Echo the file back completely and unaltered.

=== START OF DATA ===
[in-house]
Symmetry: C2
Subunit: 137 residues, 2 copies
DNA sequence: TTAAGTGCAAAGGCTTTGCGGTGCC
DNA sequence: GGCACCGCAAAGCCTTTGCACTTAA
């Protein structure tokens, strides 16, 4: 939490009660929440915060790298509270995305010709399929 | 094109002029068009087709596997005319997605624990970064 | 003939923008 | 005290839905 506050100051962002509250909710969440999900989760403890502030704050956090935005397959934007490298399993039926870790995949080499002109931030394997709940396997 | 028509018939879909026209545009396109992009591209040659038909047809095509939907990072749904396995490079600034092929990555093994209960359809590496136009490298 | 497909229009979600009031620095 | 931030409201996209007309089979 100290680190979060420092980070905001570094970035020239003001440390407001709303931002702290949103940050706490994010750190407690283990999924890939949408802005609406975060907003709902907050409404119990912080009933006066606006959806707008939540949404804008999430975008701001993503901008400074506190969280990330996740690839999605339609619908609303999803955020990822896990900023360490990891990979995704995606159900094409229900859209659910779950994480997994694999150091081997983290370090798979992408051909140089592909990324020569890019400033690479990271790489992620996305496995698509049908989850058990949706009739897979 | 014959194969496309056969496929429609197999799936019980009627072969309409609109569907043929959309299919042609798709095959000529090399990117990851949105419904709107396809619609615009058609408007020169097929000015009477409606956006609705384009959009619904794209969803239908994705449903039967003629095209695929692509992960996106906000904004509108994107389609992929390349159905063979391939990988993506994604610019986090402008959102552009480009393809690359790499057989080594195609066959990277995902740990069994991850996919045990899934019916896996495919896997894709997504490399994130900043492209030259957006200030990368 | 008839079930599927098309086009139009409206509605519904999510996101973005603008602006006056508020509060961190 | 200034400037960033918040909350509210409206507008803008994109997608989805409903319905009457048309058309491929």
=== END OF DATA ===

[in-house]
Symmetry: C2
Subunit: 137 residues, 2 copies
DNA sequence: TTAAGTGCAAAGGCTTTGCGGTGCC
DNA sequence: GGCACCGCAAAGCCTTTGCACTTAA
């Protein structure tokens, strides 16, 4: 939490009660929440915060790298509270995305010709399929 | 094109002029068009087709596997005319997605624990970064 | 003939923008 | 005290839905 506050100051962002509250909710969440999900989760403890502030704050956090935005397959934007490298399993039926870790995949080499002109931030394997709940396997 | 028509018939879909026209545009396109992009591209040659038909047809095509939907990072749904396995490079600034092929990555093994209960359809590496136009490298 | 497909229009979600009031620095 | 931030409201996209007309089979 100290680190979060420092980070905001570094970035020239003001440390407001709303931002702290949103940050706490994010750190407690283990999924890939949408802005609406975060907003709902907050409404119990912080009933006066606006959806707008939540949404804008999430975008701001993503901008400074506190969280990330996740690839999605339609619908609303999803955020990822896990900023360490990891990979995704995606159900094409229900859209659910779950994480997994694999150091081997983290370090798979992408051909140089592909990324020569890019400033690479990271790489992620996305496995698509049908989850058990949706009739897979 | 014959194969496309056969496929429609197999799936019980009627072969309409609109569907043929959309299919042609798709095959000529090399990117990851949105419904709107396809619609615009058609408007020169097929000015009477409606956006609705384009959009619904794209969803239908994705449903039967003629095209695929692509992960996106906000904004509108994107389609992929390349159905063979391939990988993506994604610019986090402008959102552009480009393809690359790499057989080594195609066959990277995902740990069994991850996919045990899934019916896996495919896997894709997504490399994130900043492209030259957006200030990368 | 008839079930599927098309086009139009409206509605519904999510996101973005603008602006006056508020509060961190 | 200034400037960033918040909350509210409206507008803008994109997608989805409903319905009457048309058309491929």